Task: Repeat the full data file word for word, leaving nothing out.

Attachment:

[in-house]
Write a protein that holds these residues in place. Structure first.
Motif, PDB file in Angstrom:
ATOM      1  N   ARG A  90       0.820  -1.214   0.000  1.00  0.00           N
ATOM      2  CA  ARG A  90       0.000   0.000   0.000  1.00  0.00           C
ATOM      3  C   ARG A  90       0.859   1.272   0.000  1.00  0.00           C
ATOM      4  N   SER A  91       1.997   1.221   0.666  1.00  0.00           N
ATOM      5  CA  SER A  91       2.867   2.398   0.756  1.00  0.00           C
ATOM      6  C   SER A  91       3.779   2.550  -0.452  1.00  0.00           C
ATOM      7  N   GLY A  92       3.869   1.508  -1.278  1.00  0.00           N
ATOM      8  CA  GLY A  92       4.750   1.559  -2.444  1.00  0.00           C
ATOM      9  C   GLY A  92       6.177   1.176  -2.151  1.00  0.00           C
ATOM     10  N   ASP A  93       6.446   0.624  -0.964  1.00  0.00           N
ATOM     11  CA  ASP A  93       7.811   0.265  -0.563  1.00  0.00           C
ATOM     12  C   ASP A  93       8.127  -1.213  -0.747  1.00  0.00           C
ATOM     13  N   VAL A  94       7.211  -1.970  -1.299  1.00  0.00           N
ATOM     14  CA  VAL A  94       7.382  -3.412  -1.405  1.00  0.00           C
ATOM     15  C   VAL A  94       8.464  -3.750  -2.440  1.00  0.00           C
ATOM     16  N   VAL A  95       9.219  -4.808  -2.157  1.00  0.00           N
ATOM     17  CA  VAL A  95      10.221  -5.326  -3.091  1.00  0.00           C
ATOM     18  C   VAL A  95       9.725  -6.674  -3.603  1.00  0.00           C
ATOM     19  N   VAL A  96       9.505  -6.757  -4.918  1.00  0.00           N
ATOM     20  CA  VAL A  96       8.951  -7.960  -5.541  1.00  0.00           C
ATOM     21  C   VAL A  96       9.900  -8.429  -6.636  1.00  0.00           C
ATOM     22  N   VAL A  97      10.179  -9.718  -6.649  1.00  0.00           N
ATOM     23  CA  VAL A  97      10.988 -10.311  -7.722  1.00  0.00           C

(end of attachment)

[in-house]
Write a protein that holds these residues in place. Structure first.
Motif, PDB file in Angstrom:
ATOM      1  N   ARG A  90       0.820  -1.214   0.000  1.00  0.00           N
ATOM      2  CA  ARG A  90       0.000   0.000   0.000  1.00  0.00           C
ATOM      3  C   ARG A  90       0.859   1.272   0.000  1.00  0.00           C
ATOM      4  N   SER A  91       1.997   1.221   0.666  1.00  0.00           N
ATOM      5  CA  SER A  91       2.867   2.398   0.756  1.00  0.00           C
ATOM      6  C   SER A  91       3.779   2.550  -0.452  1.00  0.00           C
ATOM      7  N   GLY A  92       3.869   1.508  -1.278  1.00  0.00           N
ATOM      8  CA  GLY A  92       4.750   1.559  -2.444  1.00  0.00           C
ATOM      9  C   GLY A  92       6.177   1.176  -2.151  1.00  0.00           C
ATOM     10  N   ASP A  93       6.446   0.624  -0.964  1.00  0.00           N
ATOM     11  CA  ASP A  93       7.811   0.265  -0.563  1.00  0.00           C
ATOM     12  C   ASP A  93       8.127  -1.213  -0.747  1.00  0.00           C
ATOM     13  N   VAL A  94       7.211  -1.970  -1.299  1.00  0.00           N
ATOM     14  CA  VAL A  94       7.382  -3.412  -1.405  1.00  0.00           C
ATOM     15  C   VAL A  94       8.464  -3.750  -2.440  1.00  0.00           C
ATOM     16  N   VAL A  95       9.219  -4.808  -2.157  1.00  0.00           N
ATOM     17  CA  VAL A  95      10.221  -5.326  -3.091  1.00  0.00           C
ATOM     18  C   VAL A  95       9.725  -6.674  -3.603  1.00  0.00           C
ATOM     19  N   VAL A  96       9.505  -6.757  -4.918  1.00  0.00           N
ATOM     20  CA  VAL A  96       8.951  -7.960  -5.541  1.00  0.00           C
ATOM     21  C   VAL A  96       9.900  -8.429  -6.636  1.00  0.00           C
ATOM     22  N   VAL A  97      10.179  -9.718  -6.649  1.00  0.00           N
ATOM     23  CA  VAL A  97      10.988 -10.311  -7.722  1.00  0.00           C